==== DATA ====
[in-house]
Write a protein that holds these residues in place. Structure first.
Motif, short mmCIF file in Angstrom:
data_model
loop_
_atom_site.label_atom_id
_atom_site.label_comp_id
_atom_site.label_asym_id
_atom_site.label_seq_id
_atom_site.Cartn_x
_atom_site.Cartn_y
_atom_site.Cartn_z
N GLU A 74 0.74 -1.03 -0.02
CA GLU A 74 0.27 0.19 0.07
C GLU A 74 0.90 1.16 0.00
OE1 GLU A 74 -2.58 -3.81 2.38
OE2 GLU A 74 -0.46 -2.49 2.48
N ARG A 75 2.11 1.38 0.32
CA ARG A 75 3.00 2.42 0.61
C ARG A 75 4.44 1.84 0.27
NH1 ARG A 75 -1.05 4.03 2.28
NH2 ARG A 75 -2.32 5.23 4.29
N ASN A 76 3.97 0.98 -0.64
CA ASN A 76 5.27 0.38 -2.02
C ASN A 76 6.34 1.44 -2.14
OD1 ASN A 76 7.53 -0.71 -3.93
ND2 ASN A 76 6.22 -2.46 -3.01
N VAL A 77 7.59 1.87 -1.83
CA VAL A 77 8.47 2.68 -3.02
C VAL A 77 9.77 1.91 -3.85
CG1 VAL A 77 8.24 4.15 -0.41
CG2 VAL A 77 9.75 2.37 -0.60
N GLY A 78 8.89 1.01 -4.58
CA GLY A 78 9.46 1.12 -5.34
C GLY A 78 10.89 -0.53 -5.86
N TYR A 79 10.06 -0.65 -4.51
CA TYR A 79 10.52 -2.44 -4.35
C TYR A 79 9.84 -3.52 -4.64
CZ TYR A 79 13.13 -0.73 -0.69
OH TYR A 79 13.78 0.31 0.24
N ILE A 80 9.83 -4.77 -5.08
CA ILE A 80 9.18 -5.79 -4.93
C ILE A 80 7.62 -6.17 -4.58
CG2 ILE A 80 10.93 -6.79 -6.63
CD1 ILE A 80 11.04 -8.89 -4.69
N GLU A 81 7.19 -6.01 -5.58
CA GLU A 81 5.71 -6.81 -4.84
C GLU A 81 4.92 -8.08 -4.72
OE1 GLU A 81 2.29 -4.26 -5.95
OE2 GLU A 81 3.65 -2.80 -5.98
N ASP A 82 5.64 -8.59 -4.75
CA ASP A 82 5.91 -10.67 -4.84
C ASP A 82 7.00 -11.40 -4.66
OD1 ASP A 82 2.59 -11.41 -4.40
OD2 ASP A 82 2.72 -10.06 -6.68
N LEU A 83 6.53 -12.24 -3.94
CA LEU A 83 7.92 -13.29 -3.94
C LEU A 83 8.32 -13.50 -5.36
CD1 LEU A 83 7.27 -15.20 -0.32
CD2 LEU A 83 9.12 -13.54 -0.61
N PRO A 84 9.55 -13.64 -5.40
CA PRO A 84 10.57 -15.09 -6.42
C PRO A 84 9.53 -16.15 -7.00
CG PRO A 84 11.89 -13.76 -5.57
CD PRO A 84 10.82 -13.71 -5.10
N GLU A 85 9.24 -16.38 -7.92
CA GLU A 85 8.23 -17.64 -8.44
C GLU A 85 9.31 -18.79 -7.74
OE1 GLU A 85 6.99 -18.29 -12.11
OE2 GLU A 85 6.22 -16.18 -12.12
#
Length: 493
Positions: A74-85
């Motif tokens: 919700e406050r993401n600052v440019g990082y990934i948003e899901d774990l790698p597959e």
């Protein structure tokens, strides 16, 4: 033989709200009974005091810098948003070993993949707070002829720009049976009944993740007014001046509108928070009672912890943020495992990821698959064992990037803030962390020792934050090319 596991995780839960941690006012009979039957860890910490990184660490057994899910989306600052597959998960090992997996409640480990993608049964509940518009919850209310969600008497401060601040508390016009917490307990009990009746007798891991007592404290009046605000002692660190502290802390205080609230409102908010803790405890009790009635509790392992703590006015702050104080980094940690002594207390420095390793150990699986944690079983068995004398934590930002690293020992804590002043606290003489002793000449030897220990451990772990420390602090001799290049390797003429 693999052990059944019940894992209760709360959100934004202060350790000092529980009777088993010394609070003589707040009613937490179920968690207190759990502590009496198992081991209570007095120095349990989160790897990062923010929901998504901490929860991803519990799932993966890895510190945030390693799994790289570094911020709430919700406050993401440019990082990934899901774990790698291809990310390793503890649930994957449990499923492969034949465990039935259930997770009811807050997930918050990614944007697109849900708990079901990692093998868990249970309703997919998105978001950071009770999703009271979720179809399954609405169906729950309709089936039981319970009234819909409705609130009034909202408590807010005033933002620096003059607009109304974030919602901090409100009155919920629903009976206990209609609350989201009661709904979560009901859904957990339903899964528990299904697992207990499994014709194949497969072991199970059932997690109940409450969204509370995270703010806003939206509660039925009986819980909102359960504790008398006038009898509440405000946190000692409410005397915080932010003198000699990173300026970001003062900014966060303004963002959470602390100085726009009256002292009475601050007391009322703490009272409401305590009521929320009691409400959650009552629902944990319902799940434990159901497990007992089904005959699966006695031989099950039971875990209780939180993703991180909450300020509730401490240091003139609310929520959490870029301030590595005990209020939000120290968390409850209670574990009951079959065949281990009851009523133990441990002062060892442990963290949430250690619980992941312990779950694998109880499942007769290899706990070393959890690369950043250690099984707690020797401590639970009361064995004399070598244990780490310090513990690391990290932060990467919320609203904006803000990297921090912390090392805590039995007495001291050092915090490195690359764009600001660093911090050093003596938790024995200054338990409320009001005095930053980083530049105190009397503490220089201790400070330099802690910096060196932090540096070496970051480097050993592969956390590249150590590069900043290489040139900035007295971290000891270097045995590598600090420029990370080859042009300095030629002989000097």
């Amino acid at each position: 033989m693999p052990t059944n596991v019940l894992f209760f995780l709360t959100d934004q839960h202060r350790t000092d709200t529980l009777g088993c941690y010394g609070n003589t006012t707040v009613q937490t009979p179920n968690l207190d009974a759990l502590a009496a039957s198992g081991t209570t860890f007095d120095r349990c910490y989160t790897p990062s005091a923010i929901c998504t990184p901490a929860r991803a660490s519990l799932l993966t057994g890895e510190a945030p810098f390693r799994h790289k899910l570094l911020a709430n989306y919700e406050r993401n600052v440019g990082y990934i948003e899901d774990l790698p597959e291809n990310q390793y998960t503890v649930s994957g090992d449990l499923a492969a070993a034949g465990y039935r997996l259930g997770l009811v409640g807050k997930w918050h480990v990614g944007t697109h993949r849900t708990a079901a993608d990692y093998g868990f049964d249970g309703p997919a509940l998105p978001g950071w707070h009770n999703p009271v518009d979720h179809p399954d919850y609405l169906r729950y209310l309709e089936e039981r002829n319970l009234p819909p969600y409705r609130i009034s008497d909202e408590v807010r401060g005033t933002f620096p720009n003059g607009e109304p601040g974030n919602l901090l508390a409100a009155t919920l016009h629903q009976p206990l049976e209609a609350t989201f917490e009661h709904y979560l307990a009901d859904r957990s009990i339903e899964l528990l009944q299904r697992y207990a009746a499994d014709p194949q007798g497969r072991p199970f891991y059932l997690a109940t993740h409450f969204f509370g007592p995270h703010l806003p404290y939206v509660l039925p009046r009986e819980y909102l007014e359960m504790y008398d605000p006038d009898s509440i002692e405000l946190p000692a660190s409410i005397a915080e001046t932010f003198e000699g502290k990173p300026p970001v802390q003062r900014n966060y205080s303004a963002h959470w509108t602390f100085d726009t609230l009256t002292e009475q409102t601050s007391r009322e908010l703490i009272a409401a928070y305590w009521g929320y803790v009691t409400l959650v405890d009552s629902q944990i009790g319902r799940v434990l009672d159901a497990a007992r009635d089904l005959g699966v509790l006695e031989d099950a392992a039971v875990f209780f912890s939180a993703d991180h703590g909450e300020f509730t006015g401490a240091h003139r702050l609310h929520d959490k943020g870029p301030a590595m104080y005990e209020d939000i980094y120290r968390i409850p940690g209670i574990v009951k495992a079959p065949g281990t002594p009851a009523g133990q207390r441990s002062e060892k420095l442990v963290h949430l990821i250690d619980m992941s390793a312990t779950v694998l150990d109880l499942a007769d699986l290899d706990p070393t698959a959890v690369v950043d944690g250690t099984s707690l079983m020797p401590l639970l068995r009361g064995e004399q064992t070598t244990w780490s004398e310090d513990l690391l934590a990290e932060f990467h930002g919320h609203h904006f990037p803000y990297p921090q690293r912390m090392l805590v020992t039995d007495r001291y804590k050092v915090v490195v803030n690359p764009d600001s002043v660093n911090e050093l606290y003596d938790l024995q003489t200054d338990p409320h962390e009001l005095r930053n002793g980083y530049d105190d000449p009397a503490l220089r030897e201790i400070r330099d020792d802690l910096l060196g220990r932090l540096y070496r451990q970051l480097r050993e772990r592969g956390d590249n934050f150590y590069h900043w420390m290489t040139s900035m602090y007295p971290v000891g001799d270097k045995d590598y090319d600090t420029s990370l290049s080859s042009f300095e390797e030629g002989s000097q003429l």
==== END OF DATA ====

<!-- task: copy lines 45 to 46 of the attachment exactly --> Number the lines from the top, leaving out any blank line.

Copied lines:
CD1 ILE A 80 11.04 -8.89 -4.69
N GLU A 81 7.19 -6.01 -5.58